I just happened to come across this short film and knew immediately that I had to talk about it.

Yom HaShoah (Holocaust Remembrance Day) is a difficult subject for me to speak about. As a newcomer to the Yahudim, I oftentimes feel guilty for not having had to endure the constant pain and suffering that the others before me have felt. I wonder, even now, am I qualified to raise my voice? I cannot remain silent. In fact, I will not remain silent. Over six million men, women, and children were helplessly slaughtered while the world stood by and did nothing!

Tragically, even now as the last of the survivors pass away there are people denying what happened. I find it interesting that General Eisenhower spoke about just such a thing when he communicated the following to General Marshall:

The visual evidence and the verbal testimony of starvation, cruelty and bestiality were so overpowering as to leave me a bit sick. In one room, where they [there] were piled up twenty or thirty naked men, killed by starvation, George Patton would not even enter. He said that he would get sick if he did so. I made the visit deliberately, in order to be in a position to give first-hand evidence of these things if ever, in the future, there develops a tendency to charge these allegations merely to “propaganda.”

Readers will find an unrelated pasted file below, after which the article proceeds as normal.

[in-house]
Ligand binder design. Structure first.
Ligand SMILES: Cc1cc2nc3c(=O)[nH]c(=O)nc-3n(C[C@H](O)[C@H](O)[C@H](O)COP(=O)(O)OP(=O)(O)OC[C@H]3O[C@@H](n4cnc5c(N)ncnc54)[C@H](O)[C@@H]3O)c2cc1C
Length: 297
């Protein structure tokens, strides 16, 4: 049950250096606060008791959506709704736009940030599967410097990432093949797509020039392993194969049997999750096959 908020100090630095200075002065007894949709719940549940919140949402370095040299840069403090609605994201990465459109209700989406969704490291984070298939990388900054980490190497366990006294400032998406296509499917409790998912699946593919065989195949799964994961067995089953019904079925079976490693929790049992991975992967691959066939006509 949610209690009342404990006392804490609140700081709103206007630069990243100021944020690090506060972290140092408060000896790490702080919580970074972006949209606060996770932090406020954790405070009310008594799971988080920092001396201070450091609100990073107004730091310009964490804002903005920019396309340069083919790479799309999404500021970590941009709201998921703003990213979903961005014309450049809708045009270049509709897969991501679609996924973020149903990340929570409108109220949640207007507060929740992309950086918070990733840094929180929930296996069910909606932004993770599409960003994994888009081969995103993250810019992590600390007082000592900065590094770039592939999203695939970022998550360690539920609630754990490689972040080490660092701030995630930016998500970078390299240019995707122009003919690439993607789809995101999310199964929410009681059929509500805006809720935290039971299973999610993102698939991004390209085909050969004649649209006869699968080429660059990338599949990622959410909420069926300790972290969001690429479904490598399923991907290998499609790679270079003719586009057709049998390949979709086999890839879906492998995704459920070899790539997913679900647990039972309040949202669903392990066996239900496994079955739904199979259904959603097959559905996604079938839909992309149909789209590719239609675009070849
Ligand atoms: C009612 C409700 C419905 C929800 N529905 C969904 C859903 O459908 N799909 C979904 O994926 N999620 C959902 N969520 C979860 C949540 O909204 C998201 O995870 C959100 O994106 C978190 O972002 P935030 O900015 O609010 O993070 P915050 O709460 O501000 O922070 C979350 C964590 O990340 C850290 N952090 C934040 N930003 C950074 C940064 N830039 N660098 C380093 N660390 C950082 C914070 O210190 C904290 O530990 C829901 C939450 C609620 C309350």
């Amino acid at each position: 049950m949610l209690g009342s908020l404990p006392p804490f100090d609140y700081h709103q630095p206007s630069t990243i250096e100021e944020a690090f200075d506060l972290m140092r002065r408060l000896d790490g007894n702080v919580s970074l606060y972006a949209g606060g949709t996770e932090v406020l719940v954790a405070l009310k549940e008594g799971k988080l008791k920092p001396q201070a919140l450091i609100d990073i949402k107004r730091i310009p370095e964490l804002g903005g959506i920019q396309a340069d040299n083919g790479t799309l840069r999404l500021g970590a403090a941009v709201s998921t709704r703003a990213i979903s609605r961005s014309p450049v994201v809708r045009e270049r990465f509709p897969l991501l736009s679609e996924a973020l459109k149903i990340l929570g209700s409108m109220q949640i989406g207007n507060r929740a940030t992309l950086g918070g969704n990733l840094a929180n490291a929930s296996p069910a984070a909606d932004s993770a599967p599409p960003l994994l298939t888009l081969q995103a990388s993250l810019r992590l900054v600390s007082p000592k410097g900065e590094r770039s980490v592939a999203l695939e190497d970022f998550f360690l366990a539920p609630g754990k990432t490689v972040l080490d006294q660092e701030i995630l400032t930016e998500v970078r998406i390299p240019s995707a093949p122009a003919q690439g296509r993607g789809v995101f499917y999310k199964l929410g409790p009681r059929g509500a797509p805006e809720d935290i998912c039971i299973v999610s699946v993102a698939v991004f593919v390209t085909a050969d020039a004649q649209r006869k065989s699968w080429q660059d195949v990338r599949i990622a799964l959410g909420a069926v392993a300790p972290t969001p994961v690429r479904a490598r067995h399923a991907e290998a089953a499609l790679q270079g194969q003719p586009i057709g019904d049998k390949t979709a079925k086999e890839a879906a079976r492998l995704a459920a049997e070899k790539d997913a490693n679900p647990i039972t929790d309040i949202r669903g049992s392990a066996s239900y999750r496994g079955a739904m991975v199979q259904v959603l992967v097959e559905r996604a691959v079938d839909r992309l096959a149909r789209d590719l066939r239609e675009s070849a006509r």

As painful as it is to watch and speak about we must not remain silent. We must teach our children, family, friends, everyone. This must never happen again and with YHWH’s protection this never will happen again.

Sh’ma kolenu, hear our voice…

This is an issue I have been dealing with since I first began my studies and conversion. I am really hoping that those of you that might have been down this road before can offer some advice.

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As I sat here wondering what my first post should say, the idea of saying the Sh’ma came to mind. What better a way to begin this journal than with the entire Torah summarized by the two greatest commands: (more…)